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Born to Drive: Buying Your First Car

Turning 17 is an exciting event and, for many young people (and their parents!) it offers the first glimpse of freedom as driving becomes a very real possibility. Someone may have fantasised about their first car for years, but the reality is that there are lots of things to consider beyond colour and make. Read on for tips for finding the right car for you.

What features do you need?

4 or 5 passengers? 3 or 5 doors? Do you need a big boot to accommodate pets or equipment linked to a hobby? Do you need/want a hatchback, saloon, estate or SUV? It is unlikely that you will need or want a bigger car, like an estate or SUV, both of which make good family cars but not ideal first cars.

What about engine size?

The engine size determines how much power your vehicle will have. Generally, smaller engines are less powerful and therefore cheaper to insure.

Do you have space to keep your vehicle on a driveway or in a garage?

Where you store your vehicle will also influence your insurance so if you are lucky enough to have a driveway or garage that you can park on, it is worth checking for size so that you can make sure your car fits.

Petrol or diesel?

Different engine types have different positives. Diesel vehicles tend to be better for longer journeys – but they are usually more expensive, too. For smaller run-arounds and first cars, petrol is probably the best choice.

Does the insurance group matter?

The insurance group contributes to the amount that you will pay on your insurance. There are 50 groups in total, with 1 being the cheapest to insure and 50 being the most expensive. Groups one cars include Fiat Panda, Hyundai i10 and the Kia Rio. Group 50 cars include the Alpha Romeo Stelvio SUV, Jaguar XE and Lotus Evora; insurance for Group 50 is on average more than twice as much as the insurance for a Group 1 vehicle.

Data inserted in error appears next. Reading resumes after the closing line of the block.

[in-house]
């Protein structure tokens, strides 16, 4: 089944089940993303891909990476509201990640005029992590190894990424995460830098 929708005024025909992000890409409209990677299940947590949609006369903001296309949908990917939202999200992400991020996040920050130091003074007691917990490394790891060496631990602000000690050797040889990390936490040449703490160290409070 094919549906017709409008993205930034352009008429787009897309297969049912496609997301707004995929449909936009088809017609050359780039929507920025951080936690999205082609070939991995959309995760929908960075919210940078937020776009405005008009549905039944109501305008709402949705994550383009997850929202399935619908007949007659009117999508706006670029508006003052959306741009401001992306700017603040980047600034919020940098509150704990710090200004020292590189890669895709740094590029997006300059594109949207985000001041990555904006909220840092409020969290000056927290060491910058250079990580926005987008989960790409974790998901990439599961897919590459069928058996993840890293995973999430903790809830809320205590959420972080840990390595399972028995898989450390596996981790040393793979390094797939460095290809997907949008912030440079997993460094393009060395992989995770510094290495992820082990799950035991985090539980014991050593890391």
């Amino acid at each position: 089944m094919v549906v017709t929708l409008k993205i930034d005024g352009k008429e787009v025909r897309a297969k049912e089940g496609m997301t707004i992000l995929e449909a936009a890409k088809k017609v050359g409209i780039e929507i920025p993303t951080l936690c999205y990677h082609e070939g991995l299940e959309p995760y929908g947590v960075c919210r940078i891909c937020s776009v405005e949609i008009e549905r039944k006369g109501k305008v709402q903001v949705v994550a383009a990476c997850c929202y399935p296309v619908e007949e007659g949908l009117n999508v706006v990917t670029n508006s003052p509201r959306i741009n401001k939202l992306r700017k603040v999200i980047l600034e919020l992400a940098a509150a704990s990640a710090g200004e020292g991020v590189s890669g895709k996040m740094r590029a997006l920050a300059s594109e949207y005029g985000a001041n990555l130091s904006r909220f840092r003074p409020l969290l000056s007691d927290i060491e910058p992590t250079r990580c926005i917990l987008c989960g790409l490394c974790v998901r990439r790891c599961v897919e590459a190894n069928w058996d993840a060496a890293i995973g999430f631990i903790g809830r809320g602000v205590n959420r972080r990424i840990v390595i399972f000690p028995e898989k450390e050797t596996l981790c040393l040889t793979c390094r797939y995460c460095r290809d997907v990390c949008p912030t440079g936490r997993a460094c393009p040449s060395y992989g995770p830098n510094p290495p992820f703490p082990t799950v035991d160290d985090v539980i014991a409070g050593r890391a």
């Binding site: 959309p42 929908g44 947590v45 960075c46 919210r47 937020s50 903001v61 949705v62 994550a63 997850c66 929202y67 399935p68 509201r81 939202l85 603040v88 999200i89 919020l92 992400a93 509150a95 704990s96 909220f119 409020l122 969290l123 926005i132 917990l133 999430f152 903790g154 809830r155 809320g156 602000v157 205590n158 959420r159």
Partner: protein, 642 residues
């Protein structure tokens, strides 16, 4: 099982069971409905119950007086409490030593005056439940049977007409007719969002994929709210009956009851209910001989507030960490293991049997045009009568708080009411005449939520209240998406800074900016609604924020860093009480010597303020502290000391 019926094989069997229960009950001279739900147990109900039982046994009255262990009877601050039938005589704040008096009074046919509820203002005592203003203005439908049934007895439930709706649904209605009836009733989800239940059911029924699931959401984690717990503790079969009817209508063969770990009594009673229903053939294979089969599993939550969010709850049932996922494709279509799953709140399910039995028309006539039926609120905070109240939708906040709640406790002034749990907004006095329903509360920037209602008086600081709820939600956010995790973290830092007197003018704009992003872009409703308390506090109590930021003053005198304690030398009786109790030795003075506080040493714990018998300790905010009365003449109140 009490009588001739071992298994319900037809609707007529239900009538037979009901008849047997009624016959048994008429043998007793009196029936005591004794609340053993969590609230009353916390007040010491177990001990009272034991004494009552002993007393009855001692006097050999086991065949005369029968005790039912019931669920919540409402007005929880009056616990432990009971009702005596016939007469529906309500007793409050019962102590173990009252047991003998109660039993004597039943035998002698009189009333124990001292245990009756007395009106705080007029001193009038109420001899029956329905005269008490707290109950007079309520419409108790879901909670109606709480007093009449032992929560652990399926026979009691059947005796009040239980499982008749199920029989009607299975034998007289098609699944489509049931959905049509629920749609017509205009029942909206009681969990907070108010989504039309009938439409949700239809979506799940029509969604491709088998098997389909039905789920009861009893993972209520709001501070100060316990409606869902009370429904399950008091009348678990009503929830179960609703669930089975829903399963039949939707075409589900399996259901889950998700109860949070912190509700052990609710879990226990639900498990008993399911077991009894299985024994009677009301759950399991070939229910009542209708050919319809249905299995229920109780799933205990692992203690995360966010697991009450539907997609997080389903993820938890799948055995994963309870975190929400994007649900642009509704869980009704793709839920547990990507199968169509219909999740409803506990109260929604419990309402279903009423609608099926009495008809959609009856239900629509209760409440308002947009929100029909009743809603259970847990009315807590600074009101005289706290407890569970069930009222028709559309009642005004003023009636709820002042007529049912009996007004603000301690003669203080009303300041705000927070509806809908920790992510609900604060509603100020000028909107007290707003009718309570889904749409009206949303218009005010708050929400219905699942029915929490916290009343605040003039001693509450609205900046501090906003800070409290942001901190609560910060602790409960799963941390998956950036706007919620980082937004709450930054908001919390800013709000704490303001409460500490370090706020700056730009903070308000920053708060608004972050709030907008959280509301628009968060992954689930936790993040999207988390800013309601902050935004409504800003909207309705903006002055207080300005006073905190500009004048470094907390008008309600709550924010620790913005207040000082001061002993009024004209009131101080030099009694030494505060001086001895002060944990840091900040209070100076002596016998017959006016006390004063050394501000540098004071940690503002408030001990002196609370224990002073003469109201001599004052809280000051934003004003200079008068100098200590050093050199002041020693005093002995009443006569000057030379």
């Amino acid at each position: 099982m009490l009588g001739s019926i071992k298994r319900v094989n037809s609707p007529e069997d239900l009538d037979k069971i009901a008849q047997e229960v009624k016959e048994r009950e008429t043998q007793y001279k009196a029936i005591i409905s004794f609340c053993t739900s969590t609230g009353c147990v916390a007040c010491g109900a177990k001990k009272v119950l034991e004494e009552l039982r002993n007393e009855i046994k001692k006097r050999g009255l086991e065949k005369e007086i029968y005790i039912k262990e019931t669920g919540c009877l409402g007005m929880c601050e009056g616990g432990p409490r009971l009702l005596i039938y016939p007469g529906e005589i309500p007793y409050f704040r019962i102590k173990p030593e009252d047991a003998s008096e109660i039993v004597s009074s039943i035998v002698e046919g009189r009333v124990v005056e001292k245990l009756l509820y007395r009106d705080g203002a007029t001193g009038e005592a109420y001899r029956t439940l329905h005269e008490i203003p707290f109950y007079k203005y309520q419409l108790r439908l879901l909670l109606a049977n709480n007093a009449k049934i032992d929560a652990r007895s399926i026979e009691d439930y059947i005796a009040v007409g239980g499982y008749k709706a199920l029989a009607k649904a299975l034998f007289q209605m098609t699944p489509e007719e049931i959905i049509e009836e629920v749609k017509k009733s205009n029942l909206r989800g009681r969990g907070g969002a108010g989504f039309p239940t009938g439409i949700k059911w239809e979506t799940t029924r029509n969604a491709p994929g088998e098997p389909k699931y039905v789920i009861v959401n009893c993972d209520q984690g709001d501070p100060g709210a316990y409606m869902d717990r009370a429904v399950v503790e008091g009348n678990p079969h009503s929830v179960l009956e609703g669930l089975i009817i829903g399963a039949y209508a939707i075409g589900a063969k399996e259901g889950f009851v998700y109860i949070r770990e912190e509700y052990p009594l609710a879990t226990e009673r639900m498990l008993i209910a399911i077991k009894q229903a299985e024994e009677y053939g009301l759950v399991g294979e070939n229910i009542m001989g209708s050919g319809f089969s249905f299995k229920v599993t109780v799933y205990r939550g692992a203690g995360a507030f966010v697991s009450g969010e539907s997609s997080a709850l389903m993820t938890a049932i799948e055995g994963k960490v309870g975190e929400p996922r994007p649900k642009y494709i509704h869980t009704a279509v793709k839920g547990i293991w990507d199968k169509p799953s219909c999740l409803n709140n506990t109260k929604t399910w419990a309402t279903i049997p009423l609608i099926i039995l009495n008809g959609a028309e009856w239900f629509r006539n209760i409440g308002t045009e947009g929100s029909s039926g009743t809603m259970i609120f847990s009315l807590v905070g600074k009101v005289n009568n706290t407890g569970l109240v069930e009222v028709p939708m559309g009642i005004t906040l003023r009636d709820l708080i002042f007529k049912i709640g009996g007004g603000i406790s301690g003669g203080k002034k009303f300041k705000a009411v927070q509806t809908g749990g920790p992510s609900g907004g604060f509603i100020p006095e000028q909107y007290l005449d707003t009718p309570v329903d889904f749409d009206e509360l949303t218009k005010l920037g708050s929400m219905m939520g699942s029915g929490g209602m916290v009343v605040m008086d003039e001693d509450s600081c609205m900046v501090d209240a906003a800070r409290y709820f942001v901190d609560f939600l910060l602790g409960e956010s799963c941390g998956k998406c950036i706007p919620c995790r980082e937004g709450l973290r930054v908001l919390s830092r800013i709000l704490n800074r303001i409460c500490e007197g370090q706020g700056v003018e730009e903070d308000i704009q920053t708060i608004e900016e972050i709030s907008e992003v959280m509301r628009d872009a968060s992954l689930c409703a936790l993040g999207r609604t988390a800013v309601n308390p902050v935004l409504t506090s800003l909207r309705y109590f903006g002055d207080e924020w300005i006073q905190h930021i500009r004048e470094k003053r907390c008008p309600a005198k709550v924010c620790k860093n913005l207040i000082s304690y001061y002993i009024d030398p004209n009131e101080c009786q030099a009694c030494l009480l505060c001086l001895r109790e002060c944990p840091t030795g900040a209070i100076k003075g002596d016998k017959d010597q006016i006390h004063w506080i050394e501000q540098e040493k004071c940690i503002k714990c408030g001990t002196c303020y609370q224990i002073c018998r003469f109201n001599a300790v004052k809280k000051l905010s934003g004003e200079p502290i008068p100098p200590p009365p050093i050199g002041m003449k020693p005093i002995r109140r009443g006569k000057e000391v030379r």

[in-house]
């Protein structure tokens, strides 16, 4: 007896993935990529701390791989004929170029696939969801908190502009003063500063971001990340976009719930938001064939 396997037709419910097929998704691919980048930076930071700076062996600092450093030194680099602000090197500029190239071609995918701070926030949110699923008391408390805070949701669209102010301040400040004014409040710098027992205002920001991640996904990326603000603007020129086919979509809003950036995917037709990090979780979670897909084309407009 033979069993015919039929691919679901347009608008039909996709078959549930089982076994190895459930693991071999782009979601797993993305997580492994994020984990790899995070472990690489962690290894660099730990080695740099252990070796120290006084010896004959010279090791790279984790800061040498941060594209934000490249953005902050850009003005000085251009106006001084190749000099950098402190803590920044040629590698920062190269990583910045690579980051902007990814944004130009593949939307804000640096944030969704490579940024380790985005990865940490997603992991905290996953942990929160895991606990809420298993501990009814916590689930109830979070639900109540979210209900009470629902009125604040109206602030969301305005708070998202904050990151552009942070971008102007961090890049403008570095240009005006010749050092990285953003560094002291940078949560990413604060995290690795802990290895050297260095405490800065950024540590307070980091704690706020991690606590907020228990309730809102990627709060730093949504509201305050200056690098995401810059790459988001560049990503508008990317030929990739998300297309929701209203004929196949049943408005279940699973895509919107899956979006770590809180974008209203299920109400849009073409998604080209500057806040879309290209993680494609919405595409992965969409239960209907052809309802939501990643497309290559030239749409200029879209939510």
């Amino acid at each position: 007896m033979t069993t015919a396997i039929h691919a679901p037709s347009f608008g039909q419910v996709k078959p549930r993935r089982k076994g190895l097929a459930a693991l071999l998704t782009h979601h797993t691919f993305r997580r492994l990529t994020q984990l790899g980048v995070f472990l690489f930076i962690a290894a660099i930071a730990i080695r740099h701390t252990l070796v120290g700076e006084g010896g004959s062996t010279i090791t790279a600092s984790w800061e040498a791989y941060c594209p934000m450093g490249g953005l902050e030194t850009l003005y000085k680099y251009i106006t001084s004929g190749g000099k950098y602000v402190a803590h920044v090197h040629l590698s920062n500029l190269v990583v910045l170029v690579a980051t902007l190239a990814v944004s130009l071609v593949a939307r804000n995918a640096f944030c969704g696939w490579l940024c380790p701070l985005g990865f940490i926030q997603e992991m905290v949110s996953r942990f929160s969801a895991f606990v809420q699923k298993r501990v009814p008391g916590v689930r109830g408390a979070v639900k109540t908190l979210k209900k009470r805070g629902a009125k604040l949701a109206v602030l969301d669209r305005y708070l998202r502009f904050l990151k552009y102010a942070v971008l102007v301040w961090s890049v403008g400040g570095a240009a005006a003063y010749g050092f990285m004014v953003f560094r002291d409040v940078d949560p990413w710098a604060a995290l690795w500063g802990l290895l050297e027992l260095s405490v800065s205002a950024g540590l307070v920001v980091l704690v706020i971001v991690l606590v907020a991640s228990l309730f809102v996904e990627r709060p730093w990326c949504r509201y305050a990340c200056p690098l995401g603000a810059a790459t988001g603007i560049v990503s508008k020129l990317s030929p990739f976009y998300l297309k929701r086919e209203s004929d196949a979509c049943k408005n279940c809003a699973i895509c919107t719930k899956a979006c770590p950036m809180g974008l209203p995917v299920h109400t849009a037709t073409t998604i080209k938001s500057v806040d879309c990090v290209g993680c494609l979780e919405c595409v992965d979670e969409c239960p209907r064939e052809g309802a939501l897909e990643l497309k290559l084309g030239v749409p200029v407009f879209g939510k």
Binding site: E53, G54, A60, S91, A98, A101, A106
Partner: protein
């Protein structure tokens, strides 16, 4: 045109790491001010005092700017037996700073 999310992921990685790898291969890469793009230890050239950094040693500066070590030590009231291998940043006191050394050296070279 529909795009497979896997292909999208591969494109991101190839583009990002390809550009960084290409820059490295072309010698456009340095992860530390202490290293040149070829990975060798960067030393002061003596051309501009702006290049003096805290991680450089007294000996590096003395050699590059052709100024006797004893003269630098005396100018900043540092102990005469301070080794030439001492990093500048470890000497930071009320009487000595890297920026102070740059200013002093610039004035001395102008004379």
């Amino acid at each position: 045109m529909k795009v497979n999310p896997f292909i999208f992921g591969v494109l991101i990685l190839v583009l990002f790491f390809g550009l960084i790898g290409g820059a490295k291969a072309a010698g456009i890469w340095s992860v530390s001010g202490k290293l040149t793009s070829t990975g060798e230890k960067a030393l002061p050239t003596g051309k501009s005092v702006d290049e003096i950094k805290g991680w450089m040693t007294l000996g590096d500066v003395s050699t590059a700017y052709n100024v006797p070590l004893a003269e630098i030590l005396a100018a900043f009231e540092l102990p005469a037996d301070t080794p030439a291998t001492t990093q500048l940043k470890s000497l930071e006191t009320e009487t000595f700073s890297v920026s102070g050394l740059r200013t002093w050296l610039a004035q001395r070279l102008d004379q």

What are the running costs?

Buying a car is just the beginning! Additional costs include tax, insurance, maintenance and, of course, fuel. Car tax depends on the size of the engine and, in the case of more expensive cars, their value. Electric vehicles are tax-free but smaller vehicles, such as a Ford Ka, cost as little as £30 a year. Look at the mpg (miles per gallon) which will give you an idea of how economical the vehicle is. An online car costs calculator can help you to budget for your car and avoid nasty surprises.

Private or commercial sales?

Buying a vehicle privately is undoubtedly cheaper, but comes with greater risk. Unless you have a close friend or family member who is a mechanic, it may be worth looking at local car dealerships, as vehicles will come with some form of warranty.

Buying a new car is always exciting, but buying your first car is a rite of passage! Don’t rush into anything, do your research, and ask your local garage for advice. For more tips, follow us on Facebook or Twitter.

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